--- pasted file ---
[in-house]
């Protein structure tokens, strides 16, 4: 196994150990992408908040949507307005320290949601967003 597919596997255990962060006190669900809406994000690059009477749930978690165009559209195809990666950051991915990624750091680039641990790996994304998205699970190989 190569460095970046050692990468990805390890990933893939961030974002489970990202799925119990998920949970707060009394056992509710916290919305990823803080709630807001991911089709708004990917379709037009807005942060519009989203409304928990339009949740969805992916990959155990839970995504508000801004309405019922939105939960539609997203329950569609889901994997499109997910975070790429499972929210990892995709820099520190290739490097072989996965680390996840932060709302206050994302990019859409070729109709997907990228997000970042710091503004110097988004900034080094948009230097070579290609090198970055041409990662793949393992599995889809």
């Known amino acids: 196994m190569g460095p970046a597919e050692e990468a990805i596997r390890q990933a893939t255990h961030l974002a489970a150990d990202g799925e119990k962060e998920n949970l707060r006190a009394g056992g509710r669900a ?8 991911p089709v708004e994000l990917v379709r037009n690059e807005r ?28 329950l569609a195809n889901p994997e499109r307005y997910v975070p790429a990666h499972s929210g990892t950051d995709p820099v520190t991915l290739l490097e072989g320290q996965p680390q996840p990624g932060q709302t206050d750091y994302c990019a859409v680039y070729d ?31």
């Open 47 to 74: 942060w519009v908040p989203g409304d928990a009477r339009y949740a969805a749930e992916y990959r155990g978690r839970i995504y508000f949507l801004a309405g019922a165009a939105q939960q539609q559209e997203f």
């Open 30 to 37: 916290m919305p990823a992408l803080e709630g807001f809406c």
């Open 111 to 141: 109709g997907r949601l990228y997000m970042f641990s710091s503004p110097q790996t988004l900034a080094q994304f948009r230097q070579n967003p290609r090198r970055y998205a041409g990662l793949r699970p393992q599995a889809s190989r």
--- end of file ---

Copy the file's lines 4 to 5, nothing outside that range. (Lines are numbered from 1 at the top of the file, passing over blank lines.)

């Open 47 to 74: 942060w519009v908040p989203g409304d928990a009477r339009y949740a969805a749930e992916y990959r155990g978690r839970i995504y508000f949507l801004a309405g019922a165009a939105q939960q539609q559209e997203f």
């Open 30 to 37: 916290m919305p990823a992408l803080e709630g807001f809406c």